UK ‘at risk of US-style housing slump’

Economic growth, Leverage

UK readers, and others invested in the outlook for the UK housing market, may be particularly interested in the FT this weekend. It devotes 2 prime pages to a detailed analysis by Fitch, the ratings agency, of sub-prime and buy-to-let lending. As we know from the US, these are the most risky types of lending, as borrowers have little ‘skin in the game’ and can most easily walk away from their losses.Until recently, opinion was strongly against the idea that the UK could possibly face similar problems to the US, as lenders had allegedly been ‘more responsible’. Quite how this opinion squared with the universal availability of 125% mortgages (where you could borrow more than the value of the house), and of income multiples of 10 x salary, was always a bit of a puzzle. It was perhaps due to the common desire ‘to believe what one wants to believe’.

But now Fitch has researched the issue, and the facts are available. I find them scary, and can understand why the FT has headlined them. It turns out that most of the UK’s major cities have high concentrations of the risky buy-to-let (BTL) mortgages. Canary Wharf, for example, the centre of London’s financial district, has 28% BTL ownership.

With experts now predicting 40,000 job losses this year in financial services, BTL landlords may find it hard to continue to find sufficient high-paying tenants to rent these apartments. Equally, some towns now have over 10% of sub-prime borrowers. This is also worrying, as Fitch comments that ‘subprime borrowers are 10 times more likely to default than the nation generally’.

Full details of the survey, and an interactive map, are available on this link.


Russian crude supply 'peaking'


Russia is the world’s 2nd largest oil producer. And it has been the main sourc...

Learn more

A tale of two outlooks – part 2


In an early blog last July, I marvelled at the contrast between the then upbeat ...

Learn more
More posts
The New Normal for global industry

The global chemical industry is the third largest sector in the world behind agriculture and energy,...

Debt, deflation, demographics and Brexit set to challenge London house prices

London property websites haven’t used the word “reduced” for many years. But it...

The bill for two decades of doomed stimulus measures is due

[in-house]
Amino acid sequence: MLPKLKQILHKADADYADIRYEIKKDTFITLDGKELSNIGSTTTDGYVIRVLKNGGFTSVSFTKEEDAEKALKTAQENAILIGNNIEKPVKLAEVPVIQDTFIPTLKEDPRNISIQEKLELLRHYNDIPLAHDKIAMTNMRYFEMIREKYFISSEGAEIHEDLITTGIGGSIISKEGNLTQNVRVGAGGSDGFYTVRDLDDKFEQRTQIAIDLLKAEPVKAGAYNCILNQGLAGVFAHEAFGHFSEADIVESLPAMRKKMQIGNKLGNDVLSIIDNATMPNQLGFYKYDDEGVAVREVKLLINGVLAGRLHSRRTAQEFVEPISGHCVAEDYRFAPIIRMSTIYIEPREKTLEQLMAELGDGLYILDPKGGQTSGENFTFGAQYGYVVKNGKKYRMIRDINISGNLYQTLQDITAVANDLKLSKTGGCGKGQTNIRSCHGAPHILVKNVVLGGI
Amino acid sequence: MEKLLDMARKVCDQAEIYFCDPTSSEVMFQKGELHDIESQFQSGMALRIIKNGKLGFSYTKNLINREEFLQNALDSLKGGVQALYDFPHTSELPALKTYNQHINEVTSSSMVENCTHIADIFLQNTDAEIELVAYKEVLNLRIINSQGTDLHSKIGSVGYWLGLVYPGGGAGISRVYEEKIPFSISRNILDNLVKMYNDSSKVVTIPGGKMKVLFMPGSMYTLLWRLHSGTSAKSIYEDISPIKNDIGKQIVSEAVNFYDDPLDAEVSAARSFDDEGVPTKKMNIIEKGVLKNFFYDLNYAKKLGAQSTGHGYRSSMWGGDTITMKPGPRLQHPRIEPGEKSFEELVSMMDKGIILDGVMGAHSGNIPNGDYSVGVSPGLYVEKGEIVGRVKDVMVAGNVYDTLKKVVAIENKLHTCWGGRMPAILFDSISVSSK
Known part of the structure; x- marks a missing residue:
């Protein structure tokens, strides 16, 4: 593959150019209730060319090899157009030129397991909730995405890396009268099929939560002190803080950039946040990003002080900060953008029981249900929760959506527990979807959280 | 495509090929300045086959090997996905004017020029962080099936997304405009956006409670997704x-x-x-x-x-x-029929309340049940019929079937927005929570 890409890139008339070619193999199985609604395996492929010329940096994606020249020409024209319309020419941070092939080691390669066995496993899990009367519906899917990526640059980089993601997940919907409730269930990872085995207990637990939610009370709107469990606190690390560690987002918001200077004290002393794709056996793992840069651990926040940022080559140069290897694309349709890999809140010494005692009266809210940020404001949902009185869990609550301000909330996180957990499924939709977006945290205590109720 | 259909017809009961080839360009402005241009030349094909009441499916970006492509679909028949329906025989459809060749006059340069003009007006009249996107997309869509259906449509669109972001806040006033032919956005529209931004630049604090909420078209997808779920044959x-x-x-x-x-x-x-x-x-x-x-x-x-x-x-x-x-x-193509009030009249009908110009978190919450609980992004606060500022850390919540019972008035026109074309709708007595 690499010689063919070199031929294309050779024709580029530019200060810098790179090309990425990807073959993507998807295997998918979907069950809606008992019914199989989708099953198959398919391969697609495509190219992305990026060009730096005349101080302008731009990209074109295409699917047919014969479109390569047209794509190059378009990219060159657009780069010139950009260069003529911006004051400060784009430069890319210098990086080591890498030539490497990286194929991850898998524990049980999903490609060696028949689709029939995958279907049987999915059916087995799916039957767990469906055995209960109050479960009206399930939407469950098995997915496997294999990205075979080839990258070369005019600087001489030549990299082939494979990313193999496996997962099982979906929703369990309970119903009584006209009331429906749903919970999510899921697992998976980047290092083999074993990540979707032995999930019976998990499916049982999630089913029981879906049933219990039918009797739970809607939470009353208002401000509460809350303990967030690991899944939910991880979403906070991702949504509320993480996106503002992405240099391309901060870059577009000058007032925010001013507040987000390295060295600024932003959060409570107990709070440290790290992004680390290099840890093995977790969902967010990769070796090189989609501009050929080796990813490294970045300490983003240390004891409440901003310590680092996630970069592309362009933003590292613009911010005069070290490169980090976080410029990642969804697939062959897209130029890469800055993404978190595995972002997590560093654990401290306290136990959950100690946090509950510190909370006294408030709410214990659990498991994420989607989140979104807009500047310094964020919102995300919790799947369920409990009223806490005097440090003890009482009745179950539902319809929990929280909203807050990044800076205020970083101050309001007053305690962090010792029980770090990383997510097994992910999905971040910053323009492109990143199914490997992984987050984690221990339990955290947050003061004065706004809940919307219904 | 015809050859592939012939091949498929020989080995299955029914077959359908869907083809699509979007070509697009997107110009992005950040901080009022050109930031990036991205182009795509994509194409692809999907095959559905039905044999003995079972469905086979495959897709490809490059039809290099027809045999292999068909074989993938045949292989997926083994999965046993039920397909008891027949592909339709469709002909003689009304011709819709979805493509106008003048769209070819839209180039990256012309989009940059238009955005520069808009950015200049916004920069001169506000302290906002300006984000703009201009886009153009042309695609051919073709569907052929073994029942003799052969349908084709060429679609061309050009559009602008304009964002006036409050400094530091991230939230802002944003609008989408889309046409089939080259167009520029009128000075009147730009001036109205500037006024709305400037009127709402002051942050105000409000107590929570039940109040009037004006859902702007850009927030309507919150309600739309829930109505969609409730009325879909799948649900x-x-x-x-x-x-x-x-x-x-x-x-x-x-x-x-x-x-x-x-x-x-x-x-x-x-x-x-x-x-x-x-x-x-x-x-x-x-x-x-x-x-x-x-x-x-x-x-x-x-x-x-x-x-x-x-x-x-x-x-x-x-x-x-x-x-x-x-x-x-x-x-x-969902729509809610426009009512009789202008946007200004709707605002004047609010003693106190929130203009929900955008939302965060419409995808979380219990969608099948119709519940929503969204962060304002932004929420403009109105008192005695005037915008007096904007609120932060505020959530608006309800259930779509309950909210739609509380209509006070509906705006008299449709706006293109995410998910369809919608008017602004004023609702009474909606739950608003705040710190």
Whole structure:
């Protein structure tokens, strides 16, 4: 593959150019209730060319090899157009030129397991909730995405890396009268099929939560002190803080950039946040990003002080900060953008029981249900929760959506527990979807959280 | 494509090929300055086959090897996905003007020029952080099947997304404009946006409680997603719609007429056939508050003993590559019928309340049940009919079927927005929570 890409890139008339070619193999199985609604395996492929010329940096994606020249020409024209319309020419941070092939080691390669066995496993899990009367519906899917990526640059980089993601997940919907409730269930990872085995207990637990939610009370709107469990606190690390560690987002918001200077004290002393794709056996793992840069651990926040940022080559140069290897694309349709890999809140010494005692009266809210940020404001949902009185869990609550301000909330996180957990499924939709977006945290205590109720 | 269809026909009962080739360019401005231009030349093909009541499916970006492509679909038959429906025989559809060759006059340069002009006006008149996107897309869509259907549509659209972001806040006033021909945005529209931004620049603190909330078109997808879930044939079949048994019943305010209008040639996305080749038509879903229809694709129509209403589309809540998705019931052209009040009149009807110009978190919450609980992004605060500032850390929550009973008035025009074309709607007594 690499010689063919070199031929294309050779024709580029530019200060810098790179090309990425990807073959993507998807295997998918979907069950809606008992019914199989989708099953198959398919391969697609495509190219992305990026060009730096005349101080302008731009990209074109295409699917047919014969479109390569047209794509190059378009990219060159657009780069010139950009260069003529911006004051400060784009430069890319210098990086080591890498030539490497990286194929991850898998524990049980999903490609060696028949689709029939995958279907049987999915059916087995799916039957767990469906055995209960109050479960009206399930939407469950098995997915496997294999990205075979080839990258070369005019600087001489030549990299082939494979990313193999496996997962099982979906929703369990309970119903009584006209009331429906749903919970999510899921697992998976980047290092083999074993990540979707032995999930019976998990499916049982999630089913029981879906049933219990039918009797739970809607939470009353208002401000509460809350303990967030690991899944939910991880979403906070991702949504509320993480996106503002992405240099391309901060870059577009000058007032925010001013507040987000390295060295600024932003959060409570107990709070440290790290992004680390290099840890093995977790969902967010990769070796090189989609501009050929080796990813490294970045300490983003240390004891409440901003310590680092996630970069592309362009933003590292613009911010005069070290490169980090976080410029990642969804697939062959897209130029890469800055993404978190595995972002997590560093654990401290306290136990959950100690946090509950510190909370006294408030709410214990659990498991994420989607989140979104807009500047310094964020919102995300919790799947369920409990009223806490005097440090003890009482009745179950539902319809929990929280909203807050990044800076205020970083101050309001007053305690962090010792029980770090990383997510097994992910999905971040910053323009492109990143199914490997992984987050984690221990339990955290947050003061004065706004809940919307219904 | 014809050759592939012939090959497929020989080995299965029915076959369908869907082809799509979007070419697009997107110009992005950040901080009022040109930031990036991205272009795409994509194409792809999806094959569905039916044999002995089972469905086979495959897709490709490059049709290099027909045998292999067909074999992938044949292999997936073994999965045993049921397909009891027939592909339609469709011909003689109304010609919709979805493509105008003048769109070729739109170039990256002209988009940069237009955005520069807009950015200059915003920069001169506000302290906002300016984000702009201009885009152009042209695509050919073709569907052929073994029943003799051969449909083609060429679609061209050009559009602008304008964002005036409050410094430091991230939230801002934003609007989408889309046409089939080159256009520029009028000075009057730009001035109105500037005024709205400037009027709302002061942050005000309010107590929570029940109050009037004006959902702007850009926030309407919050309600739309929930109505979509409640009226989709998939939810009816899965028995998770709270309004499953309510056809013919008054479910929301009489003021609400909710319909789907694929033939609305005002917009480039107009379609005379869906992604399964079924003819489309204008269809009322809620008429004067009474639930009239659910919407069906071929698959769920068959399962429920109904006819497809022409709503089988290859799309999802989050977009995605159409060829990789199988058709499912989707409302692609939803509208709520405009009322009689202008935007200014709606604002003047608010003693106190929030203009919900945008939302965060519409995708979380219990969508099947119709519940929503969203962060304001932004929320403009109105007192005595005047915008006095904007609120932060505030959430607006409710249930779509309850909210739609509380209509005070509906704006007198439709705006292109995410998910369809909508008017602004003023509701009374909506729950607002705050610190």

The Financial Times kindly made my letter on the risks now associated with central bank stimulus the...

Local supply chains replace global trade as world starts to “do more with less”

Something quite dramatic is happening in the global economy.  Of course, Wall Street analysts still...

Financial markets enter their Convulsion phase

Many companies and investors are still comparing today’s downturn to the 9-month hiccups seen afte...

World risks moving from Denial into Anger as the Paradigm of Loss moves forward

The head of the IMF has warned again on the likely scale of the economic depression ahead: “Gl...

The world has wasted 3 months – there is little time now left to avoid a Covid-19 catastrophe

It is now 3 months since China’s state television broadcast the first news of the Wuhan virus,...

A new recession era to emerge

Contingency planning has become mission-critical. The longer the coronavirus pandemic continues, the...


Market Intelligence

ICIS provides market intelligence that help businesses in the energy, petrochemical and fertilizer industries.

Learn more


Across the globe, ICIS consultants provide detailed analysis and forecasting for the petrochemical, energy and fertilizer markets.

Learn more

Specialist Services

Find out more about how our specialist consulting services, events, conferences and training courses can help your teams.

Learn more

ICIS Insight

From our news service to our thought-leadership content, ICIS experts bring you the latest news and insight, when you need it.

Learn more